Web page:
Abstract 18045: Can Metabolic Syndrome Predict the Vulnerable Plaque in Patients with Stable Angina Pectoris?: Virtual Histology-Intravascular Ultrasound Analysis
Background- Vulnerable plaque (VP) in coronary artery can progress to plaque rupture and thrombosis, and have a strong potential to induce acute coronary syndrome. Many studies have demonstrated that metabolic syndrome (MS) is associated with increased risk for cardiovascular diseases and related mortalities. This study aimed to determine the predictive value of MS on VP in the patients with stable angina pectoris (SAP).
Methods and Results- From September 2007 to June 2010, a total of 239 patients with SAP who underwent coronary angiogram and intravascular ultrasound were categorized into two groups: MS group (n = 100, 56 men, 64.7 ± 9.5 years) and non-MS group (n = 139, 98 men, 60.2 ± 8.4 years). National Cholesterol Education Program-Adult Treatment Panel III guideline was used to determine the presence of MS and diverse variables containing IVUS findings were compared between two groups. MS group were older age and more likely to be women than non-MS group (p <0.001, p = 0.021, respectively). MS group showed more frequent multivessel involvement (p = 0.026) and had more distal target vessel in coronary artery (p = 0.005) than non-MS group, but IVUS finding containing the plaque burden showed no significant difference between two groups. In addition, low high density lipoprotein (HDL) cholesterol level as the criteria of MS (male <40 mg/dl, female <50 mg/dl) was observed in VP group more than stable plaque group (p = 0.020), but the prevalence of MS and other components of MS were not different between two groups. Multivariate analysis using logistic regression for the presence of VP showed that the independent predictor is the low HDL cholesterol level (odds ratio = 3.563, 95% confidence interval = 1.370-9.269, p = 0.009).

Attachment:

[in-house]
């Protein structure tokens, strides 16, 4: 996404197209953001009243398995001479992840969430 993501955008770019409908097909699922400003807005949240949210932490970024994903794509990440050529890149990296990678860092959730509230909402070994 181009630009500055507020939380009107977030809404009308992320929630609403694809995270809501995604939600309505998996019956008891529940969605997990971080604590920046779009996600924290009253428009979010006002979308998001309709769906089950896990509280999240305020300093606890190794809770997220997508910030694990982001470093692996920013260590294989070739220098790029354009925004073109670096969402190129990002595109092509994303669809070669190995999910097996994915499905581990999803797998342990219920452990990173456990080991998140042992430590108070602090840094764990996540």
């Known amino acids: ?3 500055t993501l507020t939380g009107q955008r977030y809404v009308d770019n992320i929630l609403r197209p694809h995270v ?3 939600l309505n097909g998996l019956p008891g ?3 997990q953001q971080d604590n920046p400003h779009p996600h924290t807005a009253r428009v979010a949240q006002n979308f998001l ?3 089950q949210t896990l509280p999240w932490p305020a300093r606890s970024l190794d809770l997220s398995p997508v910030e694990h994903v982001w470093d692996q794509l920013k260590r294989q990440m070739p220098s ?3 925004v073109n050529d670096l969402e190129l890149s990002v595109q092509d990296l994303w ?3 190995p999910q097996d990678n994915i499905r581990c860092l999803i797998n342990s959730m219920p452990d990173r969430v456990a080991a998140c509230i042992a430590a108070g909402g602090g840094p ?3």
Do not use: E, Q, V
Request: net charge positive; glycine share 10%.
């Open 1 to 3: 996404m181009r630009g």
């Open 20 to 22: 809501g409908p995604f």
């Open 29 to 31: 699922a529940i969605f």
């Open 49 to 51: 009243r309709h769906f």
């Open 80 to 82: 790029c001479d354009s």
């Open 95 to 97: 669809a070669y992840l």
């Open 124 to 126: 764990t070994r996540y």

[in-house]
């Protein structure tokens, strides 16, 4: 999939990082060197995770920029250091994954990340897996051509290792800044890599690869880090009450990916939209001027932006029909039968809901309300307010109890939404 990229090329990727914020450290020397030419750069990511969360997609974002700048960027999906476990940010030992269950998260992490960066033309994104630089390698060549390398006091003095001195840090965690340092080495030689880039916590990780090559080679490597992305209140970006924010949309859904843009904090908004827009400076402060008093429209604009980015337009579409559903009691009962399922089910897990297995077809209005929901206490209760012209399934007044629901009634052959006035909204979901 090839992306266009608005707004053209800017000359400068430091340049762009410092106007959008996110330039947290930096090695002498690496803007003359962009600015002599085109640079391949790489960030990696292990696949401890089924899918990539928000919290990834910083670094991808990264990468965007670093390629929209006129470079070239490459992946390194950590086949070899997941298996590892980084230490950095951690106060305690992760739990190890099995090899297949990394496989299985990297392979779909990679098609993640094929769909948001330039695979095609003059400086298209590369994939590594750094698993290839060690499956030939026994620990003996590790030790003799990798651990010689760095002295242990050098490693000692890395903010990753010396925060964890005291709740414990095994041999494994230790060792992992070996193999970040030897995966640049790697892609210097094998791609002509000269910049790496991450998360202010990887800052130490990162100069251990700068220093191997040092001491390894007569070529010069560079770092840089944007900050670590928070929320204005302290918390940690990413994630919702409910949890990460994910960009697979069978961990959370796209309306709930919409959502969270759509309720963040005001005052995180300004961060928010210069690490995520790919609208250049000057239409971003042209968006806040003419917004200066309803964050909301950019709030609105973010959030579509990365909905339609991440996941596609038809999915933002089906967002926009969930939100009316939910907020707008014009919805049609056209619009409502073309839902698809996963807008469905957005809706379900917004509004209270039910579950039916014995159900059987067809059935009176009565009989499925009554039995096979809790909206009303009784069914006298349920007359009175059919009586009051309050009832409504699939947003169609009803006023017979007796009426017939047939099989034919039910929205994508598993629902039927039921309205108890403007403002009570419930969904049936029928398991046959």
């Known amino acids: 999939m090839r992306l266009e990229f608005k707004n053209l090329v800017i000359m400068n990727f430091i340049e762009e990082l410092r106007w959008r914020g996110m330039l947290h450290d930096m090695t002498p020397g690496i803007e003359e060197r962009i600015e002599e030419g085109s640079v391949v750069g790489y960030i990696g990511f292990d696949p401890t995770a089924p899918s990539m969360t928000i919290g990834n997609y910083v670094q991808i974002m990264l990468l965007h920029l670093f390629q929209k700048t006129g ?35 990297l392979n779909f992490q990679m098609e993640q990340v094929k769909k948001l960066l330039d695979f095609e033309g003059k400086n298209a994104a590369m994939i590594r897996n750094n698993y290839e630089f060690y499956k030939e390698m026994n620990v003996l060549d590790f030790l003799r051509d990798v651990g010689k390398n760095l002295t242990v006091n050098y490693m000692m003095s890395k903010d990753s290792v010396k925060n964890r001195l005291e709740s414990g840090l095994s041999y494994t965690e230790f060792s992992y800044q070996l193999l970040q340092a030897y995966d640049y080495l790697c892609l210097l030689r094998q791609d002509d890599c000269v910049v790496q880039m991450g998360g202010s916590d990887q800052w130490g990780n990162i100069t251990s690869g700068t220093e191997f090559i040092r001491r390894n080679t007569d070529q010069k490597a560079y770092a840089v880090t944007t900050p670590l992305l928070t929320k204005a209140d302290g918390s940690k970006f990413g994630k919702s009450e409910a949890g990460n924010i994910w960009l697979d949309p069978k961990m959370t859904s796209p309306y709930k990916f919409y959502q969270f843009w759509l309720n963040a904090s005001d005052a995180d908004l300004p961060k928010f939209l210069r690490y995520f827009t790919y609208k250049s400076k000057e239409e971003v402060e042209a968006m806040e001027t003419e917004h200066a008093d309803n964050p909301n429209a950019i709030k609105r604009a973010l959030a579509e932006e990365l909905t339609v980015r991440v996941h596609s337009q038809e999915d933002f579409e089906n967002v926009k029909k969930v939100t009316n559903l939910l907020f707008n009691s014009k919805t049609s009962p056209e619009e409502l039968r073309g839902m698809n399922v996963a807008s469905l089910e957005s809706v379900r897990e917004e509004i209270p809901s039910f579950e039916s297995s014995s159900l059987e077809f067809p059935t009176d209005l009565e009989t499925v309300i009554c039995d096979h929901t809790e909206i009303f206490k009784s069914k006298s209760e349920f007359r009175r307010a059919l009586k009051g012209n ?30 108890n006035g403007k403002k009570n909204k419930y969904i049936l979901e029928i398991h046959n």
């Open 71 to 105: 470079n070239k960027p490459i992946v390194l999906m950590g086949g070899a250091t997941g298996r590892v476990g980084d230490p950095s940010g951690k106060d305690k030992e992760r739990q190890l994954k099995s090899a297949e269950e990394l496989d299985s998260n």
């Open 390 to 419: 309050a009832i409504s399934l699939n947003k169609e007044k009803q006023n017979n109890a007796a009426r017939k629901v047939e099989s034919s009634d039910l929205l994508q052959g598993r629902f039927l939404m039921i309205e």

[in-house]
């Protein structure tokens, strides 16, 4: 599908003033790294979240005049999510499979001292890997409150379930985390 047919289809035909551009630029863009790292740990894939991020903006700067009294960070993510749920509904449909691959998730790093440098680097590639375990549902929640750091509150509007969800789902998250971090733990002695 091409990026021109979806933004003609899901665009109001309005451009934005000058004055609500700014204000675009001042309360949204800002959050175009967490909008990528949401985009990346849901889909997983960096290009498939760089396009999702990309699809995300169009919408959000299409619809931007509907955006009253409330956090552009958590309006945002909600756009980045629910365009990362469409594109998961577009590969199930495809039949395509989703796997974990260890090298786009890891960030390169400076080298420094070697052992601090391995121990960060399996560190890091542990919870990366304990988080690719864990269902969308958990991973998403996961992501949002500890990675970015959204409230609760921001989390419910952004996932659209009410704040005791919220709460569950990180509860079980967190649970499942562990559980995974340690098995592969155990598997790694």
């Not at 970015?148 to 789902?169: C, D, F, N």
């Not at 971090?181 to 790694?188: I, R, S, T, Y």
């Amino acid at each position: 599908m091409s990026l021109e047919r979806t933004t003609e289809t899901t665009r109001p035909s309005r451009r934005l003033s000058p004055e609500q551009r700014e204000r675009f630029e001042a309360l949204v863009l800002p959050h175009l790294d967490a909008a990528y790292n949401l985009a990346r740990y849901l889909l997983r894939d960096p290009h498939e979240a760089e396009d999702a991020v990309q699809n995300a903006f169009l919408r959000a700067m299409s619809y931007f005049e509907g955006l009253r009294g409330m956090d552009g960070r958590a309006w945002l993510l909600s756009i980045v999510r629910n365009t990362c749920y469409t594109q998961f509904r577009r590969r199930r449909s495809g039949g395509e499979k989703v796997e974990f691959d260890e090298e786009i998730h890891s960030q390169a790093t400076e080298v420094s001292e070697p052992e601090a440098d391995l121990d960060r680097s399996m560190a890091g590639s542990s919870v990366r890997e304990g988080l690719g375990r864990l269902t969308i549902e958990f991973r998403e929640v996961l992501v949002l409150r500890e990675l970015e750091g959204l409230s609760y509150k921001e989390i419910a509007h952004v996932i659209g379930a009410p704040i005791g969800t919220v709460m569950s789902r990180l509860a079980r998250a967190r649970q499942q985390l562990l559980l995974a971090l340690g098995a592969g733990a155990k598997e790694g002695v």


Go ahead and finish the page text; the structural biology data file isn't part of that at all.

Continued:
Conclusions- Low HDL cholesterol level, but not MS, is the independent predictor of VP as a culprit lesion in SAP patients.
- © 2011 by American Heart Association, Inc.